With the non-invasive Brain stem audiometry the neurologist or ear, nose and throat doctor carries out an objective measurement of hearing performance under auditory stimulation based on impulses from the auditory nerve tract, which can be followed up to the middle brain stem.
This method is one of the few methods for the objective assessment of hearing performance that can also be carried out on small children or otherwise unwilling patients. The test method is used in particular for the differential diagnosis of cochlear and retrochlear damage to the hearing, in assessments and as part of the ERA, a hearing screening in newborns.
In non-invasive brain stem audiometry, the neurologist or ear, nose and throat doctor carries out an objective hearing performance measurement under auditory stimulation using impulses from the auditory nerve tract, which can be followed up to the middle brain stem.
The brain stem audiometry is also under the term BERA (brainstem evoked response audiometry) and is a non-invasive method for hearing testing. It is a neurological and ENT medical examination method that is primarily intended to help with the differential diagnosis of hearing disorders.
In principle, with the method under acoustic stimulation, the brain waves are measured to assess the objective hearing ability. The impulses of the auditory nerve tracts are tracked through a targeted transmission of stimuli to the middle brain stem and registered and recorded as individual waves. The evaluation of the measurement data relates to the latency period of the waves, which can, under certain circumstances, provide information about the origin of hearing damage. The recorded data from brain stem audiometry are therefore mostly used for differential diagnosis in the case of hearing disorders, but can also be collected during a general hearing screening.
The ear, nose and throat specialist or neurologist uses brain stem audiometry primarily for differential diagnosis. A disturbed hearing function, which can be recognized by disturbed brain waves, could, for example, indicate hearing damage from multiple sclerosis or a tumor on the auditory nerve.
The most common tumors of this type are, for example, the acoustic neuroma and the cerebellar bridge angle tumor. In terms of differential diagnosis, BERA can be used to distinguish between cochlear and retrochlear damage to the hearing. Another area of application for the objective test procedure is the appraisal system. With BERA, hearing thresholds can be recognized entirely without the assistance of the patient and can thus also be determined for children who defend themselves against the test.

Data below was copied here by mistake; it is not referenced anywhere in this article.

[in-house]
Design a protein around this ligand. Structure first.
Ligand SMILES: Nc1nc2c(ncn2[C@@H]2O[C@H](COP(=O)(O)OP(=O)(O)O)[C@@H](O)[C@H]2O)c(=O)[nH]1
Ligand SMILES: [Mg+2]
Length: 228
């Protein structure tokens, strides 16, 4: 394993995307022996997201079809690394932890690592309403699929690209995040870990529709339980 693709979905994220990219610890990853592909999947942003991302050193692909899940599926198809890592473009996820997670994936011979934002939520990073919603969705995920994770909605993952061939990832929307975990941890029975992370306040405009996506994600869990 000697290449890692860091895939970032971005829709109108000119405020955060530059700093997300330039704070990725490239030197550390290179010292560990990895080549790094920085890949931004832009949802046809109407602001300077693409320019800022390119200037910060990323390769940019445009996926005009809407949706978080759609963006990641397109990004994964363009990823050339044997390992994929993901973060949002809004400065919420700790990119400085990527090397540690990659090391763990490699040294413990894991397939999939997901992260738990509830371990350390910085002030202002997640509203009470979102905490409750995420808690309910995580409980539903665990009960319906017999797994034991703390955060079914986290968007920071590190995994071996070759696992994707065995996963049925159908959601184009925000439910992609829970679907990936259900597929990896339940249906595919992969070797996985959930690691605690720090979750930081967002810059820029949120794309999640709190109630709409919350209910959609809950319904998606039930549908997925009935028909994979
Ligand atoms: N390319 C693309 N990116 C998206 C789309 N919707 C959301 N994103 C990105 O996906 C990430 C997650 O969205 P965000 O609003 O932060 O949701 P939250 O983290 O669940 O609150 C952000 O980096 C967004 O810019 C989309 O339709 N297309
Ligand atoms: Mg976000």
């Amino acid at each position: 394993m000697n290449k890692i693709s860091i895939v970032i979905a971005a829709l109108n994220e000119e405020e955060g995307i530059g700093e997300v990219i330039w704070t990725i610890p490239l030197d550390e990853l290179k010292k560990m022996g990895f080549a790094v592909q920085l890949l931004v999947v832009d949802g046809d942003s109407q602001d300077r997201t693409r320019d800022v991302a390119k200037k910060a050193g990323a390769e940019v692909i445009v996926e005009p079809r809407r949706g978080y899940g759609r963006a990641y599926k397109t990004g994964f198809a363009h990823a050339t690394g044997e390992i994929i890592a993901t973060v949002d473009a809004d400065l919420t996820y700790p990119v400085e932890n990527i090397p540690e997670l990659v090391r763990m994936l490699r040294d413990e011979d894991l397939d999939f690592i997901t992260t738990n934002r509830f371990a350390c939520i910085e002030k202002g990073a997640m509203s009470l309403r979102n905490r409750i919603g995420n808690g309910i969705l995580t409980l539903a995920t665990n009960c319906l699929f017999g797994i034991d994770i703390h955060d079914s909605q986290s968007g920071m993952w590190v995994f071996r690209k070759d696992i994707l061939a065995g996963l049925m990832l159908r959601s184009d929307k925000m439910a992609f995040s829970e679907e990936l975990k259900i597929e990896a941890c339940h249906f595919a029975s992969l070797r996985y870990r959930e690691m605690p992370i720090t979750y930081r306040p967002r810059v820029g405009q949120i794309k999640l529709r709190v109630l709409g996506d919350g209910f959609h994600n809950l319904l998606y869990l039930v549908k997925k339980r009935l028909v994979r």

Even the hearing screening of newborns can be carried out using brain stem audiometry. The basic principle of BERA is ultimately always the graphic representation of electrical potentials in wave form. Five to six waves are recorded during the exam. This recording only occurs when acoustic stimuli are successfully processed. The potentials shown thus illustrate normal or disturbed activity of the auditory pathway. Electroencephalography (EEG) derives the potentials during acoustic stimulation with a latency time of greater than or equal to 10 ms between the center of the vertex and the mastoid.
To do this, three adhesive electrodes are attached to the patient's head. He wears an electrode on both sides behind the ear and a neutral electrode on the middle of the forehead. The acoustic stimulation takes place by means of clicks that are given via headphones at regular intervals of 20 seconds. The response potential is derived and added up via the electrodes, while other EEG signals are filtered out. Ultimately, only the brainstem's response to the acoustic click signals is displayed.
The waves I, III and V can usually be clearly recognized and are therefore suitable for determining an absolute latency to an acoustic stimulus. In addition, a so-called inter-peak latency is recorded. This is a latency difference between multiple waves that can provide information about retrocochlear processes. In adults, for example, inter-peak latencies with latency times greater than or equal to 4.4 ms in waves I to V provide an indication of retrochlear damage from MS or tumors. For small children, a delayed latency period is generally considered the norm.
Since BERA does not require the patient's assistance and can even be carried out in an anesthetized state, this method is one of the few hearing measurement methods that can also be performed on unwilling patients such as children.
The BERA is often used as one of three components of the ERA (Evoked response audiometry) and is completed by ECochG and CERA. While the former measures the potentials of the cochlea and auditory nerves, the latter measures the potentials of the cerebral cortex. With an extensive hearing screening, all hearing-relevant potentials are recorded with ECochG, CERA and BERA. For adults, brainstem audiometry is usually not associated with any additional precautions.
Before the measurement, however, the patient must take part in an extensive discussion that is intended to ensure that the measurements are correct. In this conversation, patients are given precise rules of conduct for the period of measurement. For example, if you do not lie relaxed or move more, this can significantly falsify the results. Newborns and children usually have to be anesthetized for the measurement, as they rarely behave completely calmly.
Patients who are otherwise unwilling are also anesthetized. As a rule, complications are not to be expected. When anesthetized during the measurement, however, there is always a risk, as the anesthesia itself is slightly risky. After the measurement, no special precautions need to be taken and the patient can go home.Depending on the evaluation findings, however, additional diagnostic procedures may be indicated in the following weeks that further secure or exclude a possible diagnosis.